Inner City Press: Mr. O'Brien was in South Sudan.  There's a document that's being circulated online [h/t/ Jason Patinkin, here] that the Government is now charging NGOs a $10,000 business license fee.  This  comes in the wake of the famine determination.  Does OCHA [Office for the Coordination of Humanitarian Affairs] or the UN have any response to the Government increasing its fees on groups trying to address the drought?

Deputy Spokesman:  Well, like I just said a few seconds ago about this, Mr. O'Brien has spoken to the press following his visit.  One of the points he made is that aid workers continue to face multiple obstacles to the delivery of humanitarian assistance, including active hostilities, access denials, and bureaucratic impediments.  And the basic point is, as he said, we need the access and the funds to save even more lives.

Inner City Press:  Right, so this includes this $10,000 fee?

Deputy Spokesman:  It includes all bureaucratic impediments, yes.
    With the UN speaking more about South Sudan, including a four-speaker press conference on February 22 manipulated by holdover spokesman Stephane Dujarric, its reflexive covering up for the Salva Kiir government continues. Inner City Press has been sent, by outraged whistleblowing UN staff, the following internal directive, which pretends that those robbing UN staff are NOT in fact with the government. Finding no answers from "spokesman" Dujarric even to questions on which he has been given an if-asked answer by those above him in the UN system, we publish it in full.
"Ref: 025/SB/02/23/2017 It has come to the attention of UN Security that criminals in civil clothes operating in pairs or individually and purporting to be personnel of Host Government National Security are operating around prominent supermarkets/stores in Juba and targeting UN/INGO personnel for harassment and robbery. These individuals accost unsuspecting staff members coming out of the supermarket and flash identification cards as personnel of National Security. They immediately accuse staff members of having gone to change money inside the supermarket and seek to search the pockets of staff members to determine if any currency exchange has been made or not. It is their assessment that staff members with more than 5000 SSP must have changed money. Reports received indicate that this scenario is continuously playing out and staff members are falling victims to these criminals.
The following advisory are recommended to ensure the safety and security of staff:
Do not carry large sums of money on you whilst moving in town. Staff members should not agree to be subjected to bodily search except when their lives are in danger.   Park UN vehicles at designated car park inside the supermarket if one is available. Staff members should avoid the temptation of changing money in supermarkets as some of these venders may be collaborating with the criminals. As much as possible avoid driving alone in town. Staff members driving alone are more vulnerable targets. Always remember to drive with doors locked and windows closed. Never leave the car unless forced to do so. Do not display items (phones, laptop- bag, handbags etc) openly in your car. Put them on the floor, under the seat or preferable in the boot of vehicle.  Avoid argument and struggle with an armed robber. Report all security incidents, unusual happenings/activities, or events to the SIOC Duty Officer on 0922777765 or Juliet Sierra Base immediately and pass as much as possible information (who, where, when) to the duty officer."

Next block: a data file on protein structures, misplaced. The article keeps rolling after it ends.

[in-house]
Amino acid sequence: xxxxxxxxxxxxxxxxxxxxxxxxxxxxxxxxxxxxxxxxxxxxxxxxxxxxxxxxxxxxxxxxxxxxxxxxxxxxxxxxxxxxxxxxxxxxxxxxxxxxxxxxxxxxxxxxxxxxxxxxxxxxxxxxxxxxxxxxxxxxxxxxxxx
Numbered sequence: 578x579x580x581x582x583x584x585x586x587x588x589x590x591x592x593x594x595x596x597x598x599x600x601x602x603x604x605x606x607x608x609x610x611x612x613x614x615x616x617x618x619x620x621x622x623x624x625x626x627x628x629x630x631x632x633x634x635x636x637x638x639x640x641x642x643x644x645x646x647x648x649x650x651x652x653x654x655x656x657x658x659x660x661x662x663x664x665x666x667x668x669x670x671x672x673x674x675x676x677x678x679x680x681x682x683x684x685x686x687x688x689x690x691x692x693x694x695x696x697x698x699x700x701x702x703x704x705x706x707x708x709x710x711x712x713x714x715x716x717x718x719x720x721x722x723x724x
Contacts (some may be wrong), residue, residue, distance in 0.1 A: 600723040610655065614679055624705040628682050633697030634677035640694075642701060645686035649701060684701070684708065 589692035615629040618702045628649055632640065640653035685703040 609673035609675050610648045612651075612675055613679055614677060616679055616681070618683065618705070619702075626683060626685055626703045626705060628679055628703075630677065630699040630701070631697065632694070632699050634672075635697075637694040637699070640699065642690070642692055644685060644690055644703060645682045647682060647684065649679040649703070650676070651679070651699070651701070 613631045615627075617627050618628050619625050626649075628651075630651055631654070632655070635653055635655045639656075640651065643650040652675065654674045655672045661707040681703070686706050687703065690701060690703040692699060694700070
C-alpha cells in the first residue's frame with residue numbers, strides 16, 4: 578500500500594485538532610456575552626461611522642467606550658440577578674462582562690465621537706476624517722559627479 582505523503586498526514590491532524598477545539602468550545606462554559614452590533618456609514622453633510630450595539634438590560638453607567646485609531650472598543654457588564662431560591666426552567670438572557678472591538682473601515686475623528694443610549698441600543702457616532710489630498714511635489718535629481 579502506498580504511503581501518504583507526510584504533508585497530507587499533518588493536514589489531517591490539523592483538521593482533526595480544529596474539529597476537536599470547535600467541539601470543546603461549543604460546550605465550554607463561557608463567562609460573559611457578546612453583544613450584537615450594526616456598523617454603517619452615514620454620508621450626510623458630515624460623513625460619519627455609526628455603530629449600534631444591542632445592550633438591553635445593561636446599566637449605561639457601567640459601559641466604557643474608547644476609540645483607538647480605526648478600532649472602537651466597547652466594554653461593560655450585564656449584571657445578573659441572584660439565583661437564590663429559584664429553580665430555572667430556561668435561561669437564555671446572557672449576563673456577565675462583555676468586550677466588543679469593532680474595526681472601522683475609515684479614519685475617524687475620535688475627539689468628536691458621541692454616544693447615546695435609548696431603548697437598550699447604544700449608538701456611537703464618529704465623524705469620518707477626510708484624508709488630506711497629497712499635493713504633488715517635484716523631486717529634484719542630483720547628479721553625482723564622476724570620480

The UN system seems intent on covering up the disappearance of South South opposition figures in Kenya, where Ban Ki-moon made his own son in law Siddharth Chatterjee the UN Resident Coordinator.
 On February 7, Inner City Press asked Stephane Dujarric, Ban's old spokesman, still speaking for the UN, transcript here: 
Inner City Press: You talked about South Sudan, and I wanted to ask you, are aware of an order among the UN Humanitarian Air Service to basically try to discourage Kenyan nationals from going to any IO-controlled territory because of the capture of IO officials in Kenya?  [Cross talk]

Spokesman:  No...
  Dujarric referred to one of the UN agencies the transition process at which is entirely murky. So here now is the document leaked to Inner City Press, put on Scribd here.

  This comes at a time when the failures of Herve Ladsous' UNMISS are being raised, including in Washington, and is published in light of danger and the UN Spokesman refusing to answer questions. We'll have more on this.
On January 11 after South Sudan said that it will not, in fact, accept the 4,000 new peacekeepers for the Regional Protection Force, Inner City Press asked UK Ambassador Matthew Rycroft about it. Video here; UN transcript here:
Inner City Press: On South Sudan, the government say they’re not going to take the regional protection force. What do you think the Council can or should do?
Amb Rycroft: They committed earlier to accept the regional protection force. They are obliged to accept it, given Security Council decisions, and we call on them again to accept that regional protection force in the interest of longer term stability in South Sudan.
When the UN Security Council members met about South Sudan on December 15, the best they could do was extend the mandate of the UNMISS mission for a single day. Even then, there was already news of UNMISS having given arms to warlord, or “rebel general,” James Koang.

 Inner City Press asked US Ambassador Samantha Power about this on December 16 and she said she hadn't read it. On December 19, even while fielding a pre-picked question on South Sudan, Power still refused to answer.Video here.